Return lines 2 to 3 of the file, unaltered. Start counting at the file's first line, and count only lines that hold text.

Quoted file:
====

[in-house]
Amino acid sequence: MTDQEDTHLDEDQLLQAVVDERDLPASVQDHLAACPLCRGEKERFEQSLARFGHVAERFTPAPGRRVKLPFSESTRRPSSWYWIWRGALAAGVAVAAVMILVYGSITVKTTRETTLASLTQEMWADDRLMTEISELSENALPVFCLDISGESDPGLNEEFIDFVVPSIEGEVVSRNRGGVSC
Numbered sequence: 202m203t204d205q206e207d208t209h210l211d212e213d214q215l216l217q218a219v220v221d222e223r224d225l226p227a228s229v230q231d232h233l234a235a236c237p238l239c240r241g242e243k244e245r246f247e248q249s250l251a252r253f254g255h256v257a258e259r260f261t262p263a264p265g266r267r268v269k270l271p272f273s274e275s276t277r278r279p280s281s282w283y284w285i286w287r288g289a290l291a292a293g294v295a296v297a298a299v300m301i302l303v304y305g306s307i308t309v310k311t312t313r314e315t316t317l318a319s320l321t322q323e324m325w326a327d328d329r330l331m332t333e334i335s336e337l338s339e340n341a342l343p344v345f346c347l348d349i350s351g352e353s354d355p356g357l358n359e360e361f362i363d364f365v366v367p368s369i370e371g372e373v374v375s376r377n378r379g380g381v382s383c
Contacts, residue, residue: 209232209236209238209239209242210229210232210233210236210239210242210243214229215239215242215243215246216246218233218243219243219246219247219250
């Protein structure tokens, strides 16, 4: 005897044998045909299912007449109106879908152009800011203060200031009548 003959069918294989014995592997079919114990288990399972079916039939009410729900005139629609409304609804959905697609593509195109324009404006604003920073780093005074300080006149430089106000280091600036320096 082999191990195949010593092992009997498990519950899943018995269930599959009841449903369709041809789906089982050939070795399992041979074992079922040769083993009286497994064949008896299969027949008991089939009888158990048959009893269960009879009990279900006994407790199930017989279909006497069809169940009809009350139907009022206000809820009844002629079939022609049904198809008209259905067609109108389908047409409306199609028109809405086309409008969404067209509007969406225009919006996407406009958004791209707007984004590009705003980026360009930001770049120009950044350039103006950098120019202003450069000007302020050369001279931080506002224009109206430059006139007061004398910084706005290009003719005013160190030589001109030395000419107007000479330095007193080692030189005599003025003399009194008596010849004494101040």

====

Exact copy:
Amino acid sequence: MTDQEDTHLDEDQLLQAVVDERDLPASVQDHLAACPLCRGEKERFEQSLARFGHVAERFTPAPGRRVKLPFSESTRRPSSWYWIWRGALAAGVAVAAVMILVYGSITVKTTRETTLASLTQEMWADDRLMTEISELSENALPVFCLDISGESDPGLNEEFIDFVVPSIEGEVVSRNRGGVSC
Numbered sequence: 202m203t204d205q206e207d208t209h210l211d212e213d214q215l216l217q218a219v220v221d222e223r224d225l226p227a228s229v230q231d232h233l234a235a236c237p238l239c240r241g242e243k244e245r246f247e248q249s250l251a252r253f254g255h256v257a258e259r260f261t262p263a264p265g266r267r268v269k270l271p272f273s274e275s276t277r278r279p280s281s282w283y284w285i286w287r288g289a290l291a292a293g294v295a296v297a298a299v300m301i302l303v304y305g306s307i308t309v310k311t312t313r314e315t316t317l318a319s320l321t322q323e324m325w326a327d328d329r330l331m332t333e334i335s336e337l338s339e340n341a342l343p344v345f346c347l348d349i350s351g352e353s354d355p356g357l358n359e360e361f362i363d364f365v366v367p368s369i370e371g372e373v374v375s376r377n378r379g380g381v382s383c